Back to Basics: Nitty-Gritty Suggestions on Managing Emotional Content

After last week’s dense post on the psychology of body image and the media, it’s time to bring things down a notch and get back to some basics.  This week, I’m offering some practical suggestions to make positive change in your life—in your training and in your pursuits outside of sport.  These are not rocket science—I’m simply distilling various suggestions into different categories that might be helpful.  These lists are far from comprehensive and are presented in no particular order.  I chose the content randomly and will do these from time to time for different categories if the feedback is positive. Today’s post tackles burnout, optimizing performance when anxious, managing yourself when triggered, and dealing with body image issues.

*Combating boredom or burnout in your training:

1. Make two lists. One list of reasons you started training for your sport and why you like it.  One list of reasons you’re feeling burnout or tired. If the former is far shorter and less inspired than the latter, it may be time to take a break or switch things up.

2.  Cherry pick your workouts.  We sometimes get so caught up in a workout routine or specialized programming (CrossFit athletes in particular), that we force ourselves to endure, even when we have absolutely no desire to do so.  If you’re on the verge of burnout, it’s a great time to avoid movements you hate or combinations that make you feel incompetent.  If you’re doing your sport for professional purposes, of course this option may not be available to you, but if you’re doing it for enjoyment and to be more fit, I say do what is fun and feels good to you!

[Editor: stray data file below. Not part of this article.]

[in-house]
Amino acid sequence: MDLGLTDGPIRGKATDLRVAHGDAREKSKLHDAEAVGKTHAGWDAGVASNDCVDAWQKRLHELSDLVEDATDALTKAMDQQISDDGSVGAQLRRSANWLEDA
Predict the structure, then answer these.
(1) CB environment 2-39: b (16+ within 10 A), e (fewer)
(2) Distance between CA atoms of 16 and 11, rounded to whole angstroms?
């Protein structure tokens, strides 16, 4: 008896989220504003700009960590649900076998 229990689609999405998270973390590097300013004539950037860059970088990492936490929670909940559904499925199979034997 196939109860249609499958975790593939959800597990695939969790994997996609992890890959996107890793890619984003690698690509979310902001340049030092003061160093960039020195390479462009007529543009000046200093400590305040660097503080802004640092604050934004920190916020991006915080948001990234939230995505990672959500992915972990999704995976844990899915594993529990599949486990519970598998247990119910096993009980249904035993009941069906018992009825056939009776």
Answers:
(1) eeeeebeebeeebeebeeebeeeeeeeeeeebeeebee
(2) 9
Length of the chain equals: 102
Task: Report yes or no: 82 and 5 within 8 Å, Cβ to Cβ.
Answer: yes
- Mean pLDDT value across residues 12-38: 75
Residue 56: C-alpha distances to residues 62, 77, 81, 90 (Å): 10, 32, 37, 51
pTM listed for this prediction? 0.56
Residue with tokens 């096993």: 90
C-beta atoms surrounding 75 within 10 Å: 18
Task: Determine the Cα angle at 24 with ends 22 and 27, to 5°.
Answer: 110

3.  Mix things up. Incorporate other activities into your routine so you don’t feel so regimented.

4. Get outside. There’s nothing like working out with fresh air and nature.

5.  Talk to a coach.

6.  Enlist a new friend or training partner for your training sessions.

7. Track your sleep patterns.  Sleep deprivation or simply inadequate rest can wreak havoc on our mental game as well as our physical capacities.

8. Check in with yourself about other aspects of your life to be sure you’re not depressed.  If you feel you might be, reach out to a therapist for help.

*Optimizing your performance when stakes are highest:

1. Practice regular deep breathing exercises so you have a way of calming yourself down when you are anxious. 2. Engage in progressive muscle relaxation daily.

3. Practice visualization at least once each day.  If you know you have a particularly important presentation or competition on the horizon, increase the frequency of your visualizing.  Read here (  about how to capitalize on the post-workout high to aid the effectiveness of your visualizing.

4. Practice in front of an audience.

5. Educate yourself about the effects of adrenaline in your system, so you have a cognitive understanding of this powerful physiological force.  This way, when you’re feeling these hormonal effects in the heat of the moment, you can talk to yourself about why your body is doing what its doing and how you can actually perform better because of it.

6. Create a soothing mantra for yourself to repeat over and over while you’re waiting to perform or compete.  As soon as you start feeling anxious, stop those thoughts by repeating your mantra (e.g., “I’ve got this. I’ve got this.”).  The content of the mantra is less critical than its function as a block to the freight train of negative self talk that so easily arrives when we are anxious.

7. Take a few minutes after the event to jot down what went well and what didn’t.  Note which strategies were most helpful to you so you know for next time.

8. If you are frequently anxious to the point of compromise in your work or sport pursuits, it may be time to consult a psychologist.